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The Conference Board The World Bank Integration of Poor Countries in Global Supply Chains A Global Buyers’ and Producers’ Perspective. January 28, 2010. Introduction and Overview: GLOBAL BUYERS/PRODUCERS ARE ACTIVE PARTICIPANTS IN INDUSTRIAL DEVELOPMENT.

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The Conference Board The World Bank Integration of Poor Countries in Global Supply Chains A Global Buyers’ and Producer

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The Conference BoardThe World Bank Integration of Poor Countries in Global Supply ChainsA Global Buyers’ and Producers’ Perspective

January 28, 2010

introduction and overview global buyers producers are active participants in industrial development
  • Identification of industrial operation bottlenecks
  • Global players are increasingly proactive in identifying public goods bottlenecks affecting their operations, articulating policy measures and seeking public sector and NGO collaboration to address them
  • Forming PPPs to take necessary actions
case study focus
  • business decision-maker formulas in balancing geographic and economic considerations such as a country’s public policy and its institutional and private sector capacity
  • company- or industry-specific strategies used by the global buyers in dealing with MDC and LDC government and market failures and the lessons that can be learned from best practices in these challenging markets
  • public-private sector collaborative efforts can lead to reforms that maximize buyer, seller and LDC benefits. How to overcome transportation, logistics, innovation and quality bottlenecks. How decision making criteria of global buyers and sellers can be taken in account in the design of national policies and assistance strategies by international organizations.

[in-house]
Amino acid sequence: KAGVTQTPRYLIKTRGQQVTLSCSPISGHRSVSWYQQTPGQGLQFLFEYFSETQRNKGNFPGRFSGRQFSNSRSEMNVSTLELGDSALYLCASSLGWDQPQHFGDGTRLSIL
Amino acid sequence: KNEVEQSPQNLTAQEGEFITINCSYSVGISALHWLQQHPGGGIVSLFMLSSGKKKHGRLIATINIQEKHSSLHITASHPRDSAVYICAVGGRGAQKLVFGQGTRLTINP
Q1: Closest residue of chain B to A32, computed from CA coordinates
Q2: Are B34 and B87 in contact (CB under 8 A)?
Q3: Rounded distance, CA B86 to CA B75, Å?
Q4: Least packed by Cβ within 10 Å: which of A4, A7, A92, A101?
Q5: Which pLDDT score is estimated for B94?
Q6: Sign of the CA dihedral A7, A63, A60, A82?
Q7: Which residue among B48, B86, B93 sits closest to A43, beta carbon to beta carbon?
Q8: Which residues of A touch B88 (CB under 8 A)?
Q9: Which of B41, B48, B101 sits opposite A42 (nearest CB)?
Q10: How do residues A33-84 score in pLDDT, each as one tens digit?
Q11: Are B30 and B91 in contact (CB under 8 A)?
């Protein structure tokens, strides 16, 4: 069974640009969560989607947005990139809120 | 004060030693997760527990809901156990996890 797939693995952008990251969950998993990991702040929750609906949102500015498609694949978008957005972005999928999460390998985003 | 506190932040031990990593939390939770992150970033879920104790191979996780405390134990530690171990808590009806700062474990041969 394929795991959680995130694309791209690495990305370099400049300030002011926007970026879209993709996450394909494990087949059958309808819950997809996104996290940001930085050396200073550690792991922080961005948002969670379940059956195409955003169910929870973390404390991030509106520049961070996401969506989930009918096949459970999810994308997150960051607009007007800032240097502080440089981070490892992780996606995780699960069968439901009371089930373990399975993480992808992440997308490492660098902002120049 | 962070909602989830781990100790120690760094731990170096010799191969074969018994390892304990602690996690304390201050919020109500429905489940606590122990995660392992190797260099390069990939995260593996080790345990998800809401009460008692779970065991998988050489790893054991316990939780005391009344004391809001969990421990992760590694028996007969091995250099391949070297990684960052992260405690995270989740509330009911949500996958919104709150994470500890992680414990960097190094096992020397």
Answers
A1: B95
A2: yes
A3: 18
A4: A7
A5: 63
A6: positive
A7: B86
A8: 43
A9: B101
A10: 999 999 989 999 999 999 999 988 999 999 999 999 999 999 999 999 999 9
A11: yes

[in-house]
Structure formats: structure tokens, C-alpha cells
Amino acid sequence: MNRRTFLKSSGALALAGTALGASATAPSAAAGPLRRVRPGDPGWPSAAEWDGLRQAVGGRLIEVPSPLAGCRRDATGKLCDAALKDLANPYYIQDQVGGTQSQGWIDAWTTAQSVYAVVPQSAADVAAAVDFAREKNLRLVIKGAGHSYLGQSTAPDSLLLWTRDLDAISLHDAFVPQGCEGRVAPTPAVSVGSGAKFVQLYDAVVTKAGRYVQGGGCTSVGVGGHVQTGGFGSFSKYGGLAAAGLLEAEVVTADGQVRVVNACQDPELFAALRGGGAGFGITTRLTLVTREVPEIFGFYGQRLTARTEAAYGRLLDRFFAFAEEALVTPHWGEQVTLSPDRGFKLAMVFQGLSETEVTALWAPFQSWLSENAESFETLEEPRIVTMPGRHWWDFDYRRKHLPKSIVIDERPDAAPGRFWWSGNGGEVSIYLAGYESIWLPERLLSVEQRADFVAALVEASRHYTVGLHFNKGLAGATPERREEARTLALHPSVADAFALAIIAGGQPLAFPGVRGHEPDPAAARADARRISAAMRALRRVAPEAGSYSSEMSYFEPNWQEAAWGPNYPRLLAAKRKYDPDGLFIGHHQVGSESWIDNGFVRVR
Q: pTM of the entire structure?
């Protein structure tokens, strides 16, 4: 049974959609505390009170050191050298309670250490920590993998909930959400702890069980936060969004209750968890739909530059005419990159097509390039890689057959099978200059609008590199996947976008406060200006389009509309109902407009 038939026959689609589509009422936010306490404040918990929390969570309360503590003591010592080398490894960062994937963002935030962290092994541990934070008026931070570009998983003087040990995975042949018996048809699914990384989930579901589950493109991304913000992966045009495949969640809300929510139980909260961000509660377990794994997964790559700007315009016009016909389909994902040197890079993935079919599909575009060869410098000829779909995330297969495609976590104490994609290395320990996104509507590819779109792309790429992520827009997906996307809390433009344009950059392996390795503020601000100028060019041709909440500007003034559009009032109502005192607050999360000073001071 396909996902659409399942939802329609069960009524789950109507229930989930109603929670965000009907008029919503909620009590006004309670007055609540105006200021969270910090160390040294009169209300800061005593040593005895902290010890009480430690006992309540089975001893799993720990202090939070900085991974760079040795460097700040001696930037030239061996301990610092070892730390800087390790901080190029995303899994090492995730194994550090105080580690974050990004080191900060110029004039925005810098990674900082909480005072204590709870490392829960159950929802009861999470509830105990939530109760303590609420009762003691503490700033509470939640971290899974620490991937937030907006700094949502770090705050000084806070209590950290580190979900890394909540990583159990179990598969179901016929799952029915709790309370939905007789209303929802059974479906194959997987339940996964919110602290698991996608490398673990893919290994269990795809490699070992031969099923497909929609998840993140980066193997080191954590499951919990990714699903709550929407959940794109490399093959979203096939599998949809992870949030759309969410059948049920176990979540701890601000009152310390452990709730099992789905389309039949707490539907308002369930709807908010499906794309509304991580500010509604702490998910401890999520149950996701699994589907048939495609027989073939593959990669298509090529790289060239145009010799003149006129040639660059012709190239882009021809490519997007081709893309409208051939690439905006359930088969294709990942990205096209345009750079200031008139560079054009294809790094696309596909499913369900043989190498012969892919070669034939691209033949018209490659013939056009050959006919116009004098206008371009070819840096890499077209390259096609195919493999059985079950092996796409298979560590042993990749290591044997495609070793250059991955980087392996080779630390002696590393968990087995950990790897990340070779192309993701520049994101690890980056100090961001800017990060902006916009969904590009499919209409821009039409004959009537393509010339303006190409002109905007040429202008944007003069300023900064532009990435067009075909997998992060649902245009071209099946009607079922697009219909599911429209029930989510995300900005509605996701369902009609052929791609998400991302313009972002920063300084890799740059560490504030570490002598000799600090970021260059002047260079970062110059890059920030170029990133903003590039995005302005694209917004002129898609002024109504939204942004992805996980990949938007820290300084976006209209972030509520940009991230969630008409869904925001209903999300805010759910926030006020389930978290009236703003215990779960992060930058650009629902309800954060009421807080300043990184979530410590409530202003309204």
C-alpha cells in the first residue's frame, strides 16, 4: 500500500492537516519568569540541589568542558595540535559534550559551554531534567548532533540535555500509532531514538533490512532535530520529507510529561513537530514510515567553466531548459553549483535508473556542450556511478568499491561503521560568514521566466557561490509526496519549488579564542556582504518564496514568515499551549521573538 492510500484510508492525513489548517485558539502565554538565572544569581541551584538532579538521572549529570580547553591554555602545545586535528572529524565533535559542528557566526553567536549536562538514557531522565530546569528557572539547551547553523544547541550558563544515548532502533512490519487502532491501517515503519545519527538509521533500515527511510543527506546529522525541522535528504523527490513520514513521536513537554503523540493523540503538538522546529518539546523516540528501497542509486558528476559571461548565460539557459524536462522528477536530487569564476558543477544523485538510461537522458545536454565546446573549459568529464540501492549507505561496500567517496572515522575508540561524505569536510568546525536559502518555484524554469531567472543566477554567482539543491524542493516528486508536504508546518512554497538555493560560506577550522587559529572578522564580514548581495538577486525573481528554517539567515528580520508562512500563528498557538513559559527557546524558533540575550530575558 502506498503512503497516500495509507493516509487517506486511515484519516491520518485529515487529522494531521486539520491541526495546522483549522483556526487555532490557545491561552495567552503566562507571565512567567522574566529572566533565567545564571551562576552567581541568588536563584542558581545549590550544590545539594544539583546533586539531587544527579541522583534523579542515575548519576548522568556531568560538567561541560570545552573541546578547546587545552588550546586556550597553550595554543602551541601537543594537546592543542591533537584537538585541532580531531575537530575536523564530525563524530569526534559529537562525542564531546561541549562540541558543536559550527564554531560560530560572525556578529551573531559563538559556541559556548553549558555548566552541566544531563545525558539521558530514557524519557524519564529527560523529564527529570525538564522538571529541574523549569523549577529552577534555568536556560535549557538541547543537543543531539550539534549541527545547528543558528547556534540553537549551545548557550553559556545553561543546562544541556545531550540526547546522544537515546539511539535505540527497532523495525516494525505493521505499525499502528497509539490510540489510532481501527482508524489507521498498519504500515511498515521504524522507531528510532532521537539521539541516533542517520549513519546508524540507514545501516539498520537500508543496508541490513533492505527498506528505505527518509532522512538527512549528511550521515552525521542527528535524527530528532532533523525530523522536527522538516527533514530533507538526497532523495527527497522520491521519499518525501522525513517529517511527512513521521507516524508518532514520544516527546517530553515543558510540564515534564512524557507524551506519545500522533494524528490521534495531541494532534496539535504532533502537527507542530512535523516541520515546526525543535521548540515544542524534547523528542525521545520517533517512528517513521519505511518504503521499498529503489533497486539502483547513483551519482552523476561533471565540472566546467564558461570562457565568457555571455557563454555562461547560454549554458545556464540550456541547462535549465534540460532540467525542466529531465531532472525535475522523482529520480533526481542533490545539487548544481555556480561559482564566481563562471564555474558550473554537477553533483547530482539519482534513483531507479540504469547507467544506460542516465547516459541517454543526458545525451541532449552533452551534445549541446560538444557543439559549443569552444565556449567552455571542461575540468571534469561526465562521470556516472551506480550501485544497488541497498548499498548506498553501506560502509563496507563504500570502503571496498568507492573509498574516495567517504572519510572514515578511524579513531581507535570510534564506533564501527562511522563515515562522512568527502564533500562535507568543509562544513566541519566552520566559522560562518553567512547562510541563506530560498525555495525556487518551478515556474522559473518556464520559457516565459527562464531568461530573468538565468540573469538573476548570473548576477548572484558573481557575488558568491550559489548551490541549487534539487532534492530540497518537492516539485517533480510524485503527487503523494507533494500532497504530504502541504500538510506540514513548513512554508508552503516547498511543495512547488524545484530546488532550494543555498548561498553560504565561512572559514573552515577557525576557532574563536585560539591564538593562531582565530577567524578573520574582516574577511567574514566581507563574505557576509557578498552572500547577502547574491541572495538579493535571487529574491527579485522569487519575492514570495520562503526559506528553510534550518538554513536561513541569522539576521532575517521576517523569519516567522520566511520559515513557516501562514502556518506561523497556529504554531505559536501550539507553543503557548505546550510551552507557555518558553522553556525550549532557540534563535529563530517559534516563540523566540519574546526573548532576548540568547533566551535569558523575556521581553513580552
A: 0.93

hindustan unilevler wheel household detergent
  • Three Household Detergent Markets: (1) base; (2) middle; and (3) highest. 90 percent of the Indian population is in the lowest category (98 percent of the UK is in the top section)
  • Product: 10rs “sachet” – two week supply – wean consumer off of 5rs bar (“dying format”) that consumer uses for “tough stains”. Instead, the market pitch is hygiene and health
  • Competition – Local Brands: Nirma (minimized manufacturing costs such as electricity, no sales force – instead used wholesale distributor network) and Ghari
  • Strategy – Wheel Smart SHRIMATI: (1) single message – cleanliness is critical for hygiene message delivered through consumer peer endorsements, local street fairs; (2) reduce logistics and manufacturing costs
hul strategy
  • Use community volunteers and local spectacles (street fairs) to raise personal hygiene awareness and attract new BOP clientele
  • Reduce logistical costs through strategic sourcing to minimize warehouse costs, trucking and warehouse maintenance and training, reducing production costs (e.g., packaging and dye)
business operations and systems hul v latin america
Business Operations and Systems – HUL v. Latin America
  • Latin America: S & OP Model – Relational contracting with tightly knit local manufacturers/distributor networks based on logistics sophistication, cost effective production, local partner contingency handling
  • India: Source factories close to markets. Relianceon Shaktinetwork of local housewife/entrepreneurs for retail distribution in rural areas
bottlenecks and solutions
Bottlenecks and Solutions
  • South America: – requires quick adaptation to market and trade policy changes. Negotiations with local governments and distributors are key to keep market penetration. Use of sophisticated production scheduling systems and electronic data interchange
  • India: - develop in-depth understanding of needs of the poor and promotion of products through educational outreach (e.g. clean garments can improve health). Sophisticated reward/penalty systems to avoid local distributor default